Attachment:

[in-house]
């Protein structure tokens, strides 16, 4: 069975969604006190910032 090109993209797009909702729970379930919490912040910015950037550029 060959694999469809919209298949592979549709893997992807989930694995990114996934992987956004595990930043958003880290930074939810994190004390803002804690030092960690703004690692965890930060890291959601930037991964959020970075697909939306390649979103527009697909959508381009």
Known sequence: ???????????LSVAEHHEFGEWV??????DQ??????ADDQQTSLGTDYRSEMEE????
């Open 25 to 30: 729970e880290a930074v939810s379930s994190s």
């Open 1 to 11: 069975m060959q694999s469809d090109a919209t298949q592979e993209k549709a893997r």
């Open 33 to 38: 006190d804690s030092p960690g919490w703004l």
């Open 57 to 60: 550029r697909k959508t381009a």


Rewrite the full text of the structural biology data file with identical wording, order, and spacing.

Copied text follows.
[in-house]
């Protein structure tokens, strides 16, 4: 069975969604006190910032 090109993209797009909702729970379930919490912040910015950037550029 060959694999469809919209298949592979549709893997992807989930694995990114996934992987956004595990930043958003880290930074939810994190004390803002804690030092960690703004690692965890930060890291959601930037991964959020970075697909939306390649979103527009697909959508381009």
Known sequence: ???????????LSVAEHHEFGEWV??????DQ??????ADDQQTSLGTDYRSEMEE????
């Open 25 to 30: 729970e880290a930074v939810s379930s994190s």
């Open 1 to 11: 069975m060959q694999s469809d090109a919209t298949q592979e993209k549709a893997r």
């Open 33 to 38: 006190d804690s030092p960690g919490w703004l």
């Open 57 to 60: 550029r697909k959508t381009a």